Roger Olson has a thought-provoking recent post on the state of hymn-singing in contemporary evangelical churches. He says that a predominant theme of hymns that he sang growing up—and which he often heard on Christian radio stations—is “friendship with Jesus.”
When I was growing up in the “thick” of American evangelical Christianity (and here I definitely mean “evangelical” in the spiritual-theological sense, not the contemporary media-driven political sense!) these songs and this “language of Zion” (as one of my seminary professors called it) was extremely common and deeply impacted and shaped my Christian spirituality and even my theology. I still tend to identify “evangelical spirituality” with that theme, motif, language. But it’s now extremely difficult to find in contemporary evangelicalism and Baptist life.
I admit it; I struggle with the seeming loss of this theme, motif, and the “language of Zion” associated with it. This is not directly a doctrinal issue; it is an issue—for me—of evangelical spirituality. I happen to think (much to some others’ chagrin, I’m sure) that that language and theme and motif—that was so great a part of evangelical piety and worship—is part of modern evangelical Christianity’s essence. Yes, to be sure, it can be expressed in new and different ways, but to drop it away entirely seems to me to change evangelical Christianity itself with great loss.
So, for those of you who didn’t grow up with it (what I’m talking about here) let me be descriptive. In my home in the 1950s and 1960s “Christian radio” was almost always “on” except at night when we slept. It was our “background noise.” And in our church (and other evangelical churches we visited) the same “language of Zion” and theme/motif was central to everything. The theme/motif could be expressed something like this: “If you accept Jesus Christ as your personal Lord and Savior you can enjoy a personal relationship with him that will enrich your life abundantly.” In my home and in most that I knew of (as “us”) Jesus was a real presence there. He was the unseen but truly experienced presence among us and with us.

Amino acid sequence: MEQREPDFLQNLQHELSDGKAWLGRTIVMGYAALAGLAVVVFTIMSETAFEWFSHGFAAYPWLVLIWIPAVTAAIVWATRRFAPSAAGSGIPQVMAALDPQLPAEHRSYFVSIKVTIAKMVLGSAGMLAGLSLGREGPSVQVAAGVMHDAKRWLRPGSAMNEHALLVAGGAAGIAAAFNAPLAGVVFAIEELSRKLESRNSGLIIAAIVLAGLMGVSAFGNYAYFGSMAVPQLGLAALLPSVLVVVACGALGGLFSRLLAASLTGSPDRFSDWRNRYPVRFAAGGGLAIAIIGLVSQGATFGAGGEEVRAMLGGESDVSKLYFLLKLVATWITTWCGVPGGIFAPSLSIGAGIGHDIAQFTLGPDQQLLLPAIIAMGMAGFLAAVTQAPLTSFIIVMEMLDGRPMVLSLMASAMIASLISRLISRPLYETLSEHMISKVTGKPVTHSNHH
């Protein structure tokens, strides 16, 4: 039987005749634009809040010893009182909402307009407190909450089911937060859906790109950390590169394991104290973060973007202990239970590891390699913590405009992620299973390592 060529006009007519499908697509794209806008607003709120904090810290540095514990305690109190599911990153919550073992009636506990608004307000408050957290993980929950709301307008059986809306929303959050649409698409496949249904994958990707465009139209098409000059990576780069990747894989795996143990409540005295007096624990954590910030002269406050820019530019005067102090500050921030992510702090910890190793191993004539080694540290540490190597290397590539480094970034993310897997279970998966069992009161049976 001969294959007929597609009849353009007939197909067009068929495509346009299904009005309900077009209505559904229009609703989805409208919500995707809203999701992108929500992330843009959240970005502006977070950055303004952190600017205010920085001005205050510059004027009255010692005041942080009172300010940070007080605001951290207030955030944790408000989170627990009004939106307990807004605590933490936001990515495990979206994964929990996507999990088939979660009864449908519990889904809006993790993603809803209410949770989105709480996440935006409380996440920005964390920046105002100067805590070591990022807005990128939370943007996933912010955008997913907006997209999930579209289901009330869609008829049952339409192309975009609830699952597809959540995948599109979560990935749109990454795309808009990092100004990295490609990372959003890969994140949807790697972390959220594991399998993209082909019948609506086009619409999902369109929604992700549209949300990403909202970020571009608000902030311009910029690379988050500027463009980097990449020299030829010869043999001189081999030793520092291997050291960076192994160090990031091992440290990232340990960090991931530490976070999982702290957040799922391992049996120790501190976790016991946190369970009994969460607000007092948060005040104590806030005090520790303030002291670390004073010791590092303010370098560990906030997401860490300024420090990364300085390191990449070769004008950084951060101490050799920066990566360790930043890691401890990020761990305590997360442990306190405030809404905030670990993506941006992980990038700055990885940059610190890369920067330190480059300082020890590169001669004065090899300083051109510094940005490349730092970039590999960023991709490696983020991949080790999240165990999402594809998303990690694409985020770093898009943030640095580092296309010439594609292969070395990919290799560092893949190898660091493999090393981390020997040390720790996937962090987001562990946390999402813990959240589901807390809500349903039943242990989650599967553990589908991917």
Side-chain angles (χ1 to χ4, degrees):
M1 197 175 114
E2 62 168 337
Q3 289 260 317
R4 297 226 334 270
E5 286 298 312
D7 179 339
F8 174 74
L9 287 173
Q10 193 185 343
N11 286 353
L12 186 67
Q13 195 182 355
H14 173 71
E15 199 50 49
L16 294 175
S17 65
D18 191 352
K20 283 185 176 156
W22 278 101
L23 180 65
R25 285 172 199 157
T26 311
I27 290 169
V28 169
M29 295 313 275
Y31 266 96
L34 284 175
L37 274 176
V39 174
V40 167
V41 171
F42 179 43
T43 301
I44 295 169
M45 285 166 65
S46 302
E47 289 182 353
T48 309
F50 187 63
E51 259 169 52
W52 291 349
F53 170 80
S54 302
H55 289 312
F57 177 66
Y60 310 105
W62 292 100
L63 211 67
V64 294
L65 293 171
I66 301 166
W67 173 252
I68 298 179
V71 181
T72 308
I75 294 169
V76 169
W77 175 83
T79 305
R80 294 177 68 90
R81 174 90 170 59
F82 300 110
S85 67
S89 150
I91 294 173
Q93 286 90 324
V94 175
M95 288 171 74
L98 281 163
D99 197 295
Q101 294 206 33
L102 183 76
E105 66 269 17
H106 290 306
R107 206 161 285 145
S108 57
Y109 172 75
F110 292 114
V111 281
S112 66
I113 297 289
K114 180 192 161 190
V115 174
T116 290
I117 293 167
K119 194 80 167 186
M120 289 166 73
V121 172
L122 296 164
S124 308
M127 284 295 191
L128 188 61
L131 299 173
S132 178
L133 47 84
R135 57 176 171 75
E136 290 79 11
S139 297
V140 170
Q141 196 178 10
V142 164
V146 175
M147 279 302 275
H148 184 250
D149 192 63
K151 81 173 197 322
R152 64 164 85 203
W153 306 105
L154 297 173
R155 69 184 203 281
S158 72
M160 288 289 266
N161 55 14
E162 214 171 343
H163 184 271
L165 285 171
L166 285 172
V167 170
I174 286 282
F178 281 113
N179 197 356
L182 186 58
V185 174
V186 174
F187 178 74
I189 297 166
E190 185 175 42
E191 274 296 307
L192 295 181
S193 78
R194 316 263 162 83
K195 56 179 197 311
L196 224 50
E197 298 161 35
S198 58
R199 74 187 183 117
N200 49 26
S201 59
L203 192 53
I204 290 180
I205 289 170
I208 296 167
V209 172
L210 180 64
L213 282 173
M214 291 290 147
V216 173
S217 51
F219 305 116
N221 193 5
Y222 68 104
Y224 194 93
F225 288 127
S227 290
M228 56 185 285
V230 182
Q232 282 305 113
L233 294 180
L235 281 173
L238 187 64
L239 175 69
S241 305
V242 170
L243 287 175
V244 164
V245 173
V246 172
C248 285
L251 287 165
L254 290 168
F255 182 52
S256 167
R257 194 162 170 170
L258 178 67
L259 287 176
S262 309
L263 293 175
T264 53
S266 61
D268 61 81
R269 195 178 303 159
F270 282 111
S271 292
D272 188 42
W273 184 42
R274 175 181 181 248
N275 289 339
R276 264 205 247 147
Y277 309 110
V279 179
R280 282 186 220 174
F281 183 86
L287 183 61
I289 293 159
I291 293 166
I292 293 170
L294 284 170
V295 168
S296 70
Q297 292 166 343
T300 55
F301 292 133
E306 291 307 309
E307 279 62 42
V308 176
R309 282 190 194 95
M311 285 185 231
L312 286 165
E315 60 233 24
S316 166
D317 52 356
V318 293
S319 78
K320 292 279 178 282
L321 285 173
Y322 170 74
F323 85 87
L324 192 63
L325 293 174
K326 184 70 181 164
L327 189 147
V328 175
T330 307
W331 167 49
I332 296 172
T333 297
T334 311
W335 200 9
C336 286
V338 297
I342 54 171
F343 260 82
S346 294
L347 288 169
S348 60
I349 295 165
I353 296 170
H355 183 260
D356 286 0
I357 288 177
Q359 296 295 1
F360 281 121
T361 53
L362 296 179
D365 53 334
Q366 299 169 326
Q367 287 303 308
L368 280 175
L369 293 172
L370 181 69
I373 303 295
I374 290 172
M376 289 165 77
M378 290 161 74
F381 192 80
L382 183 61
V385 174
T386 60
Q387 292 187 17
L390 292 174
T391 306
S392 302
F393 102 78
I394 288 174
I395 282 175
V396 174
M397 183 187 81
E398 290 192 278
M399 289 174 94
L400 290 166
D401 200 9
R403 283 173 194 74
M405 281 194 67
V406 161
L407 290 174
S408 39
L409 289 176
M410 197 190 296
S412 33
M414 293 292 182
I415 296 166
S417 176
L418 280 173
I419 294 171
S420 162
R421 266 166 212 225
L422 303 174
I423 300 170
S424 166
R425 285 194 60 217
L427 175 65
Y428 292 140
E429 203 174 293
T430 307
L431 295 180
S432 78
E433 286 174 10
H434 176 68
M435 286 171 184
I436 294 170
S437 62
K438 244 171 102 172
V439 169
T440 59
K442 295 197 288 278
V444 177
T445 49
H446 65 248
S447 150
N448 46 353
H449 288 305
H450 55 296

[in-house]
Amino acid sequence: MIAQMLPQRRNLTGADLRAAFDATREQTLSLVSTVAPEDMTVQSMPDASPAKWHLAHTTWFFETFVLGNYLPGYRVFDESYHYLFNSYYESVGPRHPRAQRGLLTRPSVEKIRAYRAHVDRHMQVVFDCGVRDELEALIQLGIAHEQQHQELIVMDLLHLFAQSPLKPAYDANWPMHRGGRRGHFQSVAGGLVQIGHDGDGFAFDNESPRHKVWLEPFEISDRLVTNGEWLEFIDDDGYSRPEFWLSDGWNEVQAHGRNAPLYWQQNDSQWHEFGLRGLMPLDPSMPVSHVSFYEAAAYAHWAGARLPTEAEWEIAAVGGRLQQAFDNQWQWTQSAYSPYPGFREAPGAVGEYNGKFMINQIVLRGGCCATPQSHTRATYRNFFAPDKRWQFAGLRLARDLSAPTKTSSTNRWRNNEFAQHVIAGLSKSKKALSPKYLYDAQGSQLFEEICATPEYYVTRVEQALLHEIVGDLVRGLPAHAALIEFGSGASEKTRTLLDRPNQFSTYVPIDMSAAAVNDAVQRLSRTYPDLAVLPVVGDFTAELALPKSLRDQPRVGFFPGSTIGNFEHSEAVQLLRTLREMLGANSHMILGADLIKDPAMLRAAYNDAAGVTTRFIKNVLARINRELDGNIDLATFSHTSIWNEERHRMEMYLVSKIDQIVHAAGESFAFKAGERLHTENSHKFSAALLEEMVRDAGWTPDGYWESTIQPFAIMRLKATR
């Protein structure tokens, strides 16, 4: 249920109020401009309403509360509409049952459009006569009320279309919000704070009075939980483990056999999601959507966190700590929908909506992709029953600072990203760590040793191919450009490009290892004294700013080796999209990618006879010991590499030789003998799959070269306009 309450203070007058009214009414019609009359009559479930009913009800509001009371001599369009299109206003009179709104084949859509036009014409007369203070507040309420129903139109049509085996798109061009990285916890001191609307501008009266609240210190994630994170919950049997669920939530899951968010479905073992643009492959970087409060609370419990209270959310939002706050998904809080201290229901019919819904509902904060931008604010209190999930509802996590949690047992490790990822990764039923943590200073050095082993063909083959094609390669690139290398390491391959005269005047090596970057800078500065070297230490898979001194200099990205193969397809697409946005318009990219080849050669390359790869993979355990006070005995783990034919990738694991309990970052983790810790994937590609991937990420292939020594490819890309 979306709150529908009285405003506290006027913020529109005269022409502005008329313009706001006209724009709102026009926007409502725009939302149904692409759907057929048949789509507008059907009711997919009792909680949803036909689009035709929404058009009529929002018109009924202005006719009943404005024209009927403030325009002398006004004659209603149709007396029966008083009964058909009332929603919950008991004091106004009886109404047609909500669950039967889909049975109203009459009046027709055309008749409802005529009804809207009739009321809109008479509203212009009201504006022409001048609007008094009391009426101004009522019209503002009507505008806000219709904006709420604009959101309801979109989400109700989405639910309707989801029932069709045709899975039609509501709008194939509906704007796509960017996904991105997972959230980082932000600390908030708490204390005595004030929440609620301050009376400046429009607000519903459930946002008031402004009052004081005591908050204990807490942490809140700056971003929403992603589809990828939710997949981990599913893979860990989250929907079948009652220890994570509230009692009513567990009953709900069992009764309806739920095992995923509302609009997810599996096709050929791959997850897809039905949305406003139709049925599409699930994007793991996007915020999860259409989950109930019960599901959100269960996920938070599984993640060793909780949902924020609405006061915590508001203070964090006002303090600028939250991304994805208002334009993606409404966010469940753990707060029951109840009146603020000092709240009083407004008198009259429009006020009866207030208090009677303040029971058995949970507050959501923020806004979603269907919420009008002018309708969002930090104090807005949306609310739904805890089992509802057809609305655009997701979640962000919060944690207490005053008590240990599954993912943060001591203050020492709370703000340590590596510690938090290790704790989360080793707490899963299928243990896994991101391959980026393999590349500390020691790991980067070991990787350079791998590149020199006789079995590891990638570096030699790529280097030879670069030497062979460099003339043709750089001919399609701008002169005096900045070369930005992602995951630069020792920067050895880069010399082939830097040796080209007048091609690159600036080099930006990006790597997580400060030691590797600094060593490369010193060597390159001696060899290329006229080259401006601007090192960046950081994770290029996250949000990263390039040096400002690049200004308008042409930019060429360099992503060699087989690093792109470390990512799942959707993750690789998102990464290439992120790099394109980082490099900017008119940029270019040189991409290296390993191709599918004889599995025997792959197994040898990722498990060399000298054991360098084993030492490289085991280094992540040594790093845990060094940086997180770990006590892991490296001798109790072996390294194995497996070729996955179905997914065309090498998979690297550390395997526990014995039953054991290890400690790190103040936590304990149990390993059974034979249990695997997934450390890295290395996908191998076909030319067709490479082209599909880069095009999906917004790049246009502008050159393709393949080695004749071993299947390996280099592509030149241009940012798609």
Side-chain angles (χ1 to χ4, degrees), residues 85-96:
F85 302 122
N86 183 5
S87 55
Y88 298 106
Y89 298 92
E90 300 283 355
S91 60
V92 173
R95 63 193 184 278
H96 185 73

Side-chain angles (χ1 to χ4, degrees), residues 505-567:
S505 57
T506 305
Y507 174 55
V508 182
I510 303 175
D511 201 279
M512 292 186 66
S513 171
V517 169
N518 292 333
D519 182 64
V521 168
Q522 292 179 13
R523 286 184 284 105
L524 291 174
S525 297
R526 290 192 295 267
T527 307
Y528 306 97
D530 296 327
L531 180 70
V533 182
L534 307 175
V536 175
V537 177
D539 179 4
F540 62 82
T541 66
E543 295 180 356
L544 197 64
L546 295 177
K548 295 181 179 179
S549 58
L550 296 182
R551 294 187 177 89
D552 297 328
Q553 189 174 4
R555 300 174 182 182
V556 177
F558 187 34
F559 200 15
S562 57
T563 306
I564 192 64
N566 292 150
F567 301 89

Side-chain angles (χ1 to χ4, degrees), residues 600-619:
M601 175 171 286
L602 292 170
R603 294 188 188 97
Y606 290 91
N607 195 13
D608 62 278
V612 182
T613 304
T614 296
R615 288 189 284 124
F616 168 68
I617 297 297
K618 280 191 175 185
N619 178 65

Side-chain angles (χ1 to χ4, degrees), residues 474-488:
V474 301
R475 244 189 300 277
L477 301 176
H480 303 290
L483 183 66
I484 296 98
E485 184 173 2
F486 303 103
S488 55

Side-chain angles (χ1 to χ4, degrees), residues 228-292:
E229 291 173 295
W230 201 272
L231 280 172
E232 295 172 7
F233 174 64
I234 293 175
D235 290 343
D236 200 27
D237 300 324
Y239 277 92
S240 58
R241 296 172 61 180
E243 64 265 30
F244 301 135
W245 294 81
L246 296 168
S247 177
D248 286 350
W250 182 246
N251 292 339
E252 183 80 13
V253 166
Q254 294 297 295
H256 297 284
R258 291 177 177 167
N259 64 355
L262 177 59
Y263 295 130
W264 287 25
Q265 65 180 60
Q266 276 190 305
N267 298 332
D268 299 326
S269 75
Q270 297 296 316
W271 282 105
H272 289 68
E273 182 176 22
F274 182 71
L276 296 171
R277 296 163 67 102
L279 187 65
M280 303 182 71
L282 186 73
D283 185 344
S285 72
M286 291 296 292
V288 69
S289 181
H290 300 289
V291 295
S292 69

While I didn’t grow up in a home like that, I experienced this theme/motif firsthand on church retreats and camps when I was in youth group. I probably feel as much nostalgia for first-generation “Christian rock,” which I still listen to, as he does for the Christian music of his youth. Nostalgia or not, however, I don’t think he’s wrong: I believe this theme/motif is actively discouraged in worship today.
For example, one of my seminary professors told a classroom full of pastors-in-training that we shouldn’t sing hymns that used first-person singular pronouns: our singing should always be “we,” “our,” and “us.” He made reference to the Lord’s Prayer, which is, technically, a corporate prayer. In the same way, all aspects of worship should be corporate.
Even then, when I was hardly reading the Bible—I was hardly a Christian—I wanted to say, “Yes, but what about the Psalms? That’s the church’s original hymnbook, and it’s filled with first-person singular pronouns!”
As I’ve said before, if I had to do seminary over again, I would have asked many more questions!
In the comments section of Olson’s post, a reader said that he missed singing the hymn “In the Garden”—a popular example of this “friendship with Jesus” theme. (We sang it two days ago at Hampton United Methodist Church!) In response, Olson wrote the following (emphasis mine):
I have heard evangelical and Baptist worship leaders bash it [“In the Garden”] as “too individualistic.” Well, you know (I want to say to them), we all die our own deaths; nobody dies for us. Death is very individual—even if there are friends and loved ones around us. I want Jesus there with me—but not only then. Then might be too late.